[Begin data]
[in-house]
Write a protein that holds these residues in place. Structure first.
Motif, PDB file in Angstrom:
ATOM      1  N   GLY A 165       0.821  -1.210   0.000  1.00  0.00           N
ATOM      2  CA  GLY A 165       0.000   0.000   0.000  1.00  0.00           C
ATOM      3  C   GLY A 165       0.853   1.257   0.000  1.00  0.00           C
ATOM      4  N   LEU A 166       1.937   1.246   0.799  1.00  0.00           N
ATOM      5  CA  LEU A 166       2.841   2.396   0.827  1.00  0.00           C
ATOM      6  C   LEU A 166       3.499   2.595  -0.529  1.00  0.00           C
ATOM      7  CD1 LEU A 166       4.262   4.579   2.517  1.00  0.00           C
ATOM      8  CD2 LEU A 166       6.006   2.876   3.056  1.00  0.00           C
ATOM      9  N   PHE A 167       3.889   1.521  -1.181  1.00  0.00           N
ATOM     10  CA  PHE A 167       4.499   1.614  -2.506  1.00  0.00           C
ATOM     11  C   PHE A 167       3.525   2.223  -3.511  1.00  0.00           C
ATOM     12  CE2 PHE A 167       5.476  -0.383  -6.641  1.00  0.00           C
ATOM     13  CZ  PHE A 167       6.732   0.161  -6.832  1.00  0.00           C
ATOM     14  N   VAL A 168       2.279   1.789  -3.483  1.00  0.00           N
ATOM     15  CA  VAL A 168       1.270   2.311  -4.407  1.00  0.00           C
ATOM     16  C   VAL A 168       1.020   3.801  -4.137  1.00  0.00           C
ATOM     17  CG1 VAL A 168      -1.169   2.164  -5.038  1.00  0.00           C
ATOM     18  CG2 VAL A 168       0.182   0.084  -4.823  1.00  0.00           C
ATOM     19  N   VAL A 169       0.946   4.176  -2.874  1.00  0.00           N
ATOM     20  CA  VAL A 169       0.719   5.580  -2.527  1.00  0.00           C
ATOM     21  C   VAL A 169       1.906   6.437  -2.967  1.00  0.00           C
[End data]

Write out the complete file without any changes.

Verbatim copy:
[in-house]
Write a protein that holds these residues in place. Structure first.
Motif, PDB file in Angstrom:
ATOM      1  N   GLY A 165       0.821  -1.210   0.000  1.00  0.00           N
ATOM      2  CA  GLY A 165       0.000   0.000   0.000  1.00  0.00           C
ATOM      3  C   GLY A 165       0.853   1.257   0.000  1.00  0.00           C
ATOM      4  N   LEU A 166       1.937   1.246   0.799  1.00  0.00           N
ATOM      5  CA  LEU A 166       2.841   2.396   0.827  1.00  0.00           C
ATOM      6  C   LEU A 166       3.499   2.595  -0.529  1.00  0.00           C
ATOM      7  CD1 LEU A 166       4.262   4.579   2.517  1.00  0.00           C
ATOM      8  CD2 LEU A 166       6.006   2.876   3.056  1.00  0.00           C
ATOM      9  N   PHE A 167       3.889   1.521  -1.181  1.00  0.00           N
ATOM     10  CA  PHE A 167       4.499   1.614  -2.506  1.00  0.00           C
ATOM     11  C   PHE A 167       3.525   2.223  -3.511  1.00  0.00           C
ATOM     12  CE2 PHE A 167       5.476  -0.383  -6.641  1.00  0.00           C
ATOM     13  CZ  PHE A 167       6.732   0.161  -6.832  1.00  0.00           C
ATOM     14  N   VAL A 168       2.279   1.789  -3.483  1.00  0.00           N
ATOM     15  CA  VAL A 168       1.270   2.311  -4.407  1.00  0.00           C
ATOM     16  C   VAL A 168       1.020   3.801  -4.137  1.00  0.00           C
ATOM     17  CG1 VAL A 168      -1.169   2.164  -5.038  1.00  0.00           C
ATOM     18  CG2 VAL A 168       0.182   0.084  -4.823  1.00  0.00           C
ATOM     19  N   VAL A 169       0.946   4.176  -2.874  1.00  0.00           N
ATOM     20  CA  VAL A 169       0.719   5.580  -2.527  1.00  0.00           C
ATOM     21  C   VAL A 169       1.906   6.437  -2.967  1.00  0.00           C